1. SHORT RESOLUTIONS. Okay, one of my New Year’s resolutions is already broken. To work on getting my body mass index into the healthily fit and not just acceptable range, I had vowed to cut out all desserts. But last night, my family and I shared a slice of tiramisu at an Italian restaurant. I suppose I could kid myself into believing that eating just a quarter of a dessert doesn’t constitute a real breaking of a vow. But rather than cling to any false victory, I will take full pride in this year’s honestly gained achievement. I went a full 42 hours before breaking a resolution. So for me 2015 sets a record for determination and self-discipline that I’ve never reached before!

2. CUTE CURLICUES. These are the comments made at the dinner table by me and my youngest when we eat rotini pasta. Me: Look at these cute little curlicues. My youngest: Look, it’s an alpha helix like the secondary structure of a polypeptide. And yes, if you’re thinking it must be difficult to always tell who is the child and who is the adult in my house, you would be absolutely correct.

3. JIBBER-JABBER. I am either aging so much faster than my children that I am getting increasingly out of touch or else I am living in an episode of the Twilight Zone – the one where the words for everything a man hears from everyone around him gradually change until every spoken exchange sounds like gibberish to him, and he has to resort to a children’s book in the new language to relearn how to converse with his family and friends. As an example of this, I would submit what my eldest said to her sister the other day – “Me and my baes are getting turnt tonight.” (I have absolutely no idea what this means!!)

4. MULTI-CHANNEL ICE-BREAKING. When I was in high school, about the only option boys had to break the ice with a girl they liked was to try to say something clever when she passed by in the hall. I hear from my daughters, though, that now when a boy is interested he might friend request a girl on Facebook, invite her into a Google+ circle, or follow her on Tumblr or Instagram. And I guess if they’re really courageous, they might run the table and try every possible social media channel simultaneously. I don’t know if these new avenues of communication deliver any higher success rates, but all these multiple opportunities for contact must at least offer today’s boys a higher level of hope!

5. PRONE TO PANIC. My wife told me she recently watched a documentary about Navy Seals and learned that a big part of their training is getting exposed to panic-inducing situations. So they’re forced to swim across pools with their feet bound together and their hands tied behind their backs, and they’re taught to deal with hypothermia by having to stand naked while being sprayed with freezing cold water. In every situation, they try to implement a four-step process for overcoming the brain’s automatic reactions to stress. First, they strive to focus on the task at hand and set a goal. Next, they attempt to look at the problem from multiple angles and consider two or three possible solutions. They also work to avoid the negative self-talk that might convince them they can’t handle the situation. Finally, they aim to overcome the body’s physical arousal in these situations by doing things like breathing calmly. I wasn’t sure if she was mentioning this to me because it’s well-known in my family that she maintains the much cooler head in these situations. After one day of downhill skiing by myself, I arrived at my car to discover the zipper to my right coat pocket had broken and the keys to my car were probably buried in snow on one of the slopes far above me. Since the ski lodged had already closed, I called her in a highly agitated state. I imagined I’d have to wait two hours in the freezing cold parking lot while she drove the 100 miles north to come get me. But she calmly reminded me that all I had to do was call AAA. I’m not sure why that didn’t occur to me. (I’ll blame the cold!) It seems there are only two potential solutions to this problem of my hair-trigger internal panic button. I could undergo some simulation of Navy Seal training, or I could always keep my wife close by my side. Perhaps not surprisingly, I’m opting for the latter.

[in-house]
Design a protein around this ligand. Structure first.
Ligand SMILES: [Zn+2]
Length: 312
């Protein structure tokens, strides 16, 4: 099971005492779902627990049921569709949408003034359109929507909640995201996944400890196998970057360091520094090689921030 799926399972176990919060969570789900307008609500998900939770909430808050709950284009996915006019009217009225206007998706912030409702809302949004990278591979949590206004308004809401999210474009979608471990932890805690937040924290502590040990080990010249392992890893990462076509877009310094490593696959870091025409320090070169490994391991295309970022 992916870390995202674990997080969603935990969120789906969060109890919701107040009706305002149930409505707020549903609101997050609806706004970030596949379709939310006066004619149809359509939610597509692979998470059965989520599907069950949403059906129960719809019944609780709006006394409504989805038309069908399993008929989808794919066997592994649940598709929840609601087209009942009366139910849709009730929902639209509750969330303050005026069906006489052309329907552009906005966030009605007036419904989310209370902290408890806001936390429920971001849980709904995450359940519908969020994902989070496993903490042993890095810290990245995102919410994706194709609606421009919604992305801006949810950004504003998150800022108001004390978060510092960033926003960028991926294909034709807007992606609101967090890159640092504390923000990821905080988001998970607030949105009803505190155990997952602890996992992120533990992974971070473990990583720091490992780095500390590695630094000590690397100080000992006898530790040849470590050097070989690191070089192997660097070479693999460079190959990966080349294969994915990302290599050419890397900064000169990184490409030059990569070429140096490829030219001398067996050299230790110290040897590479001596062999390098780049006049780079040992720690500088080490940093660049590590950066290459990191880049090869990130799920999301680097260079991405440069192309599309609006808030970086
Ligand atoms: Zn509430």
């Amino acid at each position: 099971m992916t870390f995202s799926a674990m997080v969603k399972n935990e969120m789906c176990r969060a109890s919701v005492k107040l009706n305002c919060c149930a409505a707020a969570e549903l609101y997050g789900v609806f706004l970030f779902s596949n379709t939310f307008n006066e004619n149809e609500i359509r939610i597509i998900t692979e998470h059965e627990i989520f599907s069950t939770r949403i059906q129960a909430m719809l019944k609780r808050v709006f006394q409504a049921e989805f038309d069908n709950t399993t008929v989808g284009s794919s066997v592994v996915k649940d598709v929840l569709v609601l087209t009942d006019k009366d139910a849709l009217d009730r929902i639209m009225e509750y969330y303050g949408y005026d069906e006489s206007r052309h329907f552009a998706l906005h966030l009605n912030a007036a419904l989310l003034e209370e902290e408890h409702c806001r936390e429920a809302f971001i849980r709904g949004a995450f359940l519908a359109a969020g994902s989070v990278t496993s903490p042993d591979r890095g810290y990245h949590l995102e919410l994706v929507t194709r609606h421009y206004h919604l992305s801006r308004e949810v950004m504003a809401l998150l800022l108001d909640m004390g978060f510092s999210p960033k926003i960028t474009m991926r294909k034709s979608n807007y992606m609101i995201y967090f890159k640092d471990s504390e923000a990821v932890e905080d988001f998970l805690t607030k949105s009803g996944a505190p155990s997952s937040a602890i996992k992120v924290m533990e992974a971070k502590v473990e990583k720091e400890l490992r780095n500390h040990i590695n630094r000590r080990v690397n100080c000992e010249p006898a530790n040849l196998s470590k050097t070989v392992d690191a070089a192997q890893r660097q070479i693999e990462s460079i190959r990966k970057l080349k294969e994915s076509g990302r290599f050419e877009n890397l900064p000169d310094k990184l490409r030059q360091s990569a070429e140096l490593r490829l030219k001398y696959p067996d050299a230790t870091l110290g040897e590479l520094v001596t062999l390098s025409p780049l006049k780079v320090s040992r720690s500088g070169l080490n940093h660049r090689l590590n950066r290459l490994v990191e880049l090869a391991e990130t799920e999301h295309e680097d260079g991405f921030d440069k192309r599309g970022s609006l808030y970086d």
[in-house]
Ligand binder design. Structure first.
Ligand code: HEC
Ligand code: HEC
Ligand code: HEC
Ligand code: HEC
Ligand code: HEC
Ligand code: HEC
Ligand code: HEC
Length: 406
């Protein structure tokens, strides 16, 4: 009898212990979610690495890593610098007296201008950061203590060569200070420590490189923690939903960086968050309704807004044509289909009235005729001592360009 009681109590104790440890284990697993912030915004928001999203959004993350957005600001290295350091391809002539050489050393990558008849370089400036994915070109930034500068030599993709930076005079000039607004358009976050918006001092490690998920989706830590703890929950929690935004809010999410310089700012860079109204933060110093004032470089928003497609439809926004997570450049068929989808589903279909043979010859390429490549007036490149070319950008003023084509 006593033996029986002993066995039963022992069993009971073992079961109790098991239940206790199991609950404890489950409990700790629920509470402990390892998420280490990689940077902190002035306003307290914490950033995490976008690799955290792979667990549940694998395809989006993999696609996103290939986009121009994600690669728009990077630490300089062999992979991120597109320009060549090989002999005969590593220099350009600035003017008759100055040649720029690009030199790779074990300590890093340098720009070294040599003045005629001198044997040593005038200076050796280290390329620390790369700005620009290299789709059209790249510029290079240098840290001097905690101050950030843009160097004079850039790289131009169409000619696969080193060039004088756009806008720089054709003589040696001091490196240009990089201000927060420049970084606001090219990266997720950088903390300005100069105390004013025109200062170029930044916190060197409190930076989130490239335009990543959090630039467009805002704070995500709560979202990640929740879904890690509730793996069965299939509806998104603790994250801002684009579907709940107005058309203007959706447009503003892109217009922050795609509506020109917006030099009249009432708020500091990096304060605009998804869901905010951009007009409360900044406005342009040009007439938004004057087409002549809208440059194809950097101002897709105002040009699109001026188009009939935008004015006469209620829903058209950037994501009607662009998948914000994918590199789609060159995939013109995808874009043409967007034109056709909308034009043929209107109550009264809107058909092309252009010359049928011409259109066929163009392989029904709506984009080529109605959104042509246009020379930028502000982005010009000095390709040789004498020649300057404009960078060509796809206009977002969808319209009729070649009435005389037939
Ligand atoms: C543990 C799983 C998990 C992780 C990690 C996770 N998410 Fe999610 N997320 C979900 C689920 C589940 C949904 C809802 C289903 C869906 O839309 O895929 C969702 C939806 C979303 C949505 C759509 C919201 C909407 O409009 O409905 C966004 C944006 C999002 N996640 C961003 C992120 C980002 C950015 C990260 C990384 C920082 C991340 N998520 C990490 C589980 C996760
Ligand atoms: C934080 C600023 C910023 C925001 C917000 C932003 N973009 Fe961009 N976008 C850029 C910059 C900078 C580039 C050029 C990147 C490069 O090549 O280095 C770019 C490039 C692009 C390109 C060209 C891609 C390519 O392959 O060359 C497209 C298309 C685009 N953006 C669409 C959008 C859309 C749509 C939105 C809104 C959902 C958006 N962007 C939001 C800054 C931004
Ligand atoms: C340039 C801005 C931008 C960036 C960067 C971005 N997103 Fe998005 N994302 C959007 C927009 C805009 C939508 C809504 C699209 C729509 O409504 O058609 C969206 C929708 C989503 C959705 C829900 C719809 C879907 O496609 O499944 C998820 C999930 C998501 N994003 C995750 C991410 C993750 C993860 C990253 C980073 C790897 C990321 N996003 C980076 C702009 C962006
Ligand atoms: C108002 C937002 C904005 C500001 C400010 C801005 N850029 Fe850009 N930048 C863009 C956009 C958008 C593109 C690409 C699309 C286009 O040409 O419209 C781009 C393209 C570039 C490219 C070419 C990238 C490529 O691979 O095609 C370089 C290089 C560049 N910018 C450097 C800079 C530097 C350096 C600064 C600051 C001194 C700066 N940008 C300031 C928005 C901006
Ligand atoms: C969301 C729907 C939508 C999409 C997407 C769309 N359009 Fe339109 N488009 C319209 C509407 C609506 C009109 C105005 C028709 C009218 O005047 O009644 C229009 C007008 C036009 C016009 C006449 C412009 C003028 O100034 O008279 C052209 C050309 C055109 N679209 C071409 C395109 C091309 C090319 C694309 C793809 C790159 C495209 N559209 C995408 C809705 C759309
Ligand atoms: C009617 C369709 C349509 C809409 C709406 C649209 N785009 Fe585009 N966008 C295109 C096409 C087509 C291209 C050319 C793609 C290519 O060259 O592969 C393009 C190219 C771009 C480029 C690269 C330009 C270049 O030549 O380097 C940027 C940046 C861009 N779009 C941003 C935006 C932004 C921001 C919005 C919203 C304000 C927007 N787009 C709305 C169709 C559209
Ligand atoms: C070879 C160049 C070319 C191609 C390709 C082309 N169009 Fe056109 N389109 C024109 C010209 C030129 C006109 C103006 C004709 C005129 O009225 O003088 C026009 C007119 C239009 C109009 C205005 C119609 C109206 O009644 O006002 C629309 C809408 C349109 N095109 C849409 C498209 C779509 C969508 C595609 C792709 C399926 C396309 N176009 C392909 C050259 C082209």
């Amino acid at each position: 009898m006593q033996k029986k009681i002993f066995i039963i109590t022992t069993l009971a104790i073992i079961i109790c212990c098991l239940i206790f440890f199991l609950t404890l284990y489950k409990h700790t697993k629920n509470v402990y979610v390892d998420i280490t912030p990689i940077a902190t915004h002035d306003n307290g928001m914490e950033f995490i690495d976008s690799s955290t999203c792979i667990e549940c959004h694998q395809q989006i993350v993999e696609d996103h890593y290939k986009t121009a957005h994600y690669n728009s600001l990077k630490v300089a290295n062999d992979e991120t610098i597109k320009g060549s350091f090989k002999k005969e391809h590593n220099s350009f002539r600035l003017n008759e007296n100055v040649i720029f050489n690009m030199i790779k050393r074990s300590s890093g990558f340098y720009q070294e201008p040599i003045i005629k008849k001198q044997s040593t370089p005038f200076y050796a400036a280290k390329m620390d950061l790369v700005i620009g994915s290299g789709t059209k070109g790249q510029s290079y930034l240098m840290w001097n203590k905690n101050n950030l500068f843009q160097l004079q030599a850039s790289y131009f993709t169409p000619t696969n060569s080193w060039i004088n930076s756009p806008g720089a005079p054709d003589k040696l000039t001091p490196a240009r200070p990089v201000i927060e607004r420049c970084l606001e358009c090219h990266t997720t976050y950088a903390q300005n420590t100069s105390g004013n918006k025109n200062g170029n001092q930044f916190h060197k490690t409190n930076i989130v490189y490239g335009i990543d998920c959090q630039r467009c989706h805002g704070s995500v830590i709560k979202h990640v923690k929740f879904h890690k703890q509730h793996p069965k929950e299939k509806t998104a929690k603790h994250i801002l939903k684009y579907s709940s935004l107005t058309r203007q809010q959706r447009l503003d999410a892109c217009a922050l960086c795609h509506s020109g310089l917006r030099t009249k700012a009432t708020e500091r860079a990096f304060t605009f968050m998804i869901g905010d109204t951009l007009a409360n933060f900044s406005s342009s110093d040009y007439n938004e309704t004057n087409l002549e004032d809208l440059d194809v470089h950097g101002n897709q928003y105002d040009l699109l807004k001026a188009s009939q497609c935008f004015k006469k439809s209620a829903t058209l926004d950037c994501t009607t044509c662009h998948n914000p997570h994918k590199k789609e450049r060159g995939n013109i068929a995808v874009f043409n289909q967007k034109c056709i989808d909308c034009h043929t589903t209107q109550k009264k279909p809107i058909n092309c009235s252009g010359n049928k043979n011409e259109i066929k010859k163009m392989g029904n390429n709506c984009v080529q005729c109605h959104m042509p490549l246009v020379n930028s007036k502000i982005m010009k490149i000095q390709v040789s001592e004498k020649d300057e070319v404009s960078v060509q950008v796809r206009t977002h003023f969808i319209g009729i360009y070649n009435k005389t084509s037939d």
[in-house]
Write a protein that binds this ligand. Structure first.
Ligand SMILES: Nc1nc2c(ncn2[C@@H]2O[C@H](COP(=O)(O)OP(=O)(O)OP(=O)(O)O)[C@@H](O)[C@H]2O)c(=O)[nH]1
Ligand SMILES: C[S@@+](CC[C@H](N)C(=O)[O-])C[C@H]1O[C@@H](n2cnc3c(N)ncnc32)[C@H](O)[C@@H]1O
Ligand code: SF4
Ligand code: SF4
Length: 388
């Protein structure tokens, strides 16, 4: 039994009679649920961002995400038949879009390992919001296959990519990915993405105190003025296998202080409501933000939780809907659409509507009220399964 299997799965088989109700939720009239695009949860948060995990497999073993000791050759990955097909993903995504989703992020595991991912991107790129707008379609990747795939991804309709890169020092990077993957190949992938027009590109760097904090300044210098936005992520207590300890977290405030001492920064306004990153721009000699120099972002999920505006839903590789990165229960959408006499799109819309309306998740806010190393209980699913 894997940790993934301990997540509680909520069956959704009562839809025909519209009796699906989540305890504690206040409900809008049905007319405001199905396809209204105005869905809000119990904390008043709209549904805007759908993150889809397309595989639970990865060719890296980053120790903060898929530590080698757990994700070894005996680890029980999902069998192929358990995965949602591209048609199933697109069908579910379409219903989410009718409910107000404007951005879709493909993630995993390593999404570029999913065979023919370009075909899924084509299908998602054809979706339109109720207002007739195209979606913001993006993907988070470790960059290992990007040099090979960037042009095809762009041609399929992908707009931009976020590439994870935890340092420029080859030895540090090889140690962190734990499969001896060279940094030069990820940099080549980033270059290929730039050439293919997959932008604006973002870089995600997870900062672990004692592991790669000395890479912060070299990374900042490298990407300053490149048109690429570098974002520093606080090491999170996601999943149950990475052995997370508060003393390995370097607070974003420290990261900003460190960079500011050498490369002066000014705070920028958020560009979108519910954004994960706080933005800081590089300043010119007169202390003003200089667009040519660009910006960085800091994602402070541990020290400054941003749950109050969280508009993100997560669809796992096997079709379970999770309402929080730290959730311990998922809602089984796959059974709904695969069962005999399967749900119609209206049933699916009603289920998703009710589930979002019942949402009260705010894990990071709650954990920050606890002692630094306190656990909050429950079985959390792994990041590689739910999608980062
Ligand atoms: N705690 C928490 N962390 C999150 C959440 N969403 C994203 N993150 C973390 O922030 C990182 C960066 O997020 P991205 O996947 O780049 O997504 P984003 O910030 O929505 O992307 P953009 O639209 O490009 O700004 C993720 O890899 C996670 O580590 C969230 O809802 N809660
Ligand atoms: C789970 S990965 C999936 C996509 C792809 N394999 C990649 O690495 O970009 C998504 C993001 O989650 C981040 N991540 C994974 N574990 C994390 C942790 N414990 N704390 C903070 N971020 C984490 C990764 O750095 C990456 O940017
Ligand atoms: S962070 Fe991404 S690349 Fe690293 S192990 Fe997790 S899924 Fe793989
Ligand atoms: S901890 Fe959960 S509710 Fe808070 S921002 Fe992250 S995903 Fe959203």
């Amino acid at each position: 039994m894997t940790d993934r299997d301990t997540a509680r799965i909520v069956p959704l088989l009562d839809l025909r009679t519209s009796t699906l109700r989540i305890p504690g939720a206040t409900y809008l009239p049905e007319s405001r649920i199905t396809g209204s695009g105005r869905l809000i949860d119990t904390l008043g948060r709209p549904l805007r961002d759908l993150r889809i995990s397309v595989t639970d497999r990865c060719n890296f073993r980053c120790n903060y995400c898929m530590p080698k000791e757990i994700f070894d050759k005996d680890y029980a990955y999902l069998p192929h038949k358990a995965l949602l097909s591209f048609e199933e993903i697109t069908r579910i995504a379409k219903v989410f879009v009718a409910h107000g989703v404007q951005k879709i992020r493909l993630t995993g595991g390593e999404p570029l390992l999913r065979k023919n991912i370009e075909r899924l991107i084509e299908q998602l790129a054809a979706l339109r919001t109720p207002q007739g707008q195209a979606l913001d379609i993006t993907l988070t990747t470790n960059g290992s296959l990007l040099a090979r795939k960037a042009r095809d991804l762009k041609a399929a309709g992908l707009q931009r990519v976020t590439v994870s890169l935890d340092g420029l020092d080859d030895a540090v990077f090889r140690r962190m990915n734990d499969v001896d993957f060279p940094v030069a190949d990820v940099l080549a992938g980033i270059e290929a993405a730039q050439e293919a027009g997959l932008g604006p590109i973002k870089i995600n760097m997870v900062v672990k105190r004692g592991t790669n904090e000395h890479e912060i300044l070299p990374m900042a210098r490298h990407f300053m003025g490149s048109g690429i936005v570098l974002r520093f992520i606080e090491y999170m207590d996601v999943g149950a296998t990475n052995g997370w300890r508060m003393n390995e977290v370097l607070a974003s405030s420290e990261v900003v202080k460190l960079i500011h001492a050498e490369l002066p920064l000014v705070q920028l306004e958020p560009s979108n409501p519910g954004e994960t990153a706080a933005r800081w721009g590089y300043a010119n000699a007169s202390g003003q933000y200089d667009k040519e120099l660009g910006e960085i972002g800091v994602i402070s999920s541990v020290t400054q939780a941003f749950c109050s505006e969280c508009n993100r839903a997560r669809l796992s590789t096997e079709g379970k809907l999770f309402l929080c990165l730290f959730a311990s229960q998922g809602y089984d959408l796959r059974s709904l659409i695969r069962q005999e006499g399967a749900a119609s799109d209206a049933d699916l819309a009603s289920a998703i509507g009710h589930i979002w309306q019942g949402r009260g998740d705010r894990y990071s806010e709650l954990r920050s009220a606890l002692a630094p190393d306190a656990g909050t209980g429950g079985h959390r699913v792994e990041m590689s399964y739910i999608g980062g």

Family sharing a dessert.

A quarter share of a dessert is a guilt-free slice of delicious!

Share your reactions or similar experiences.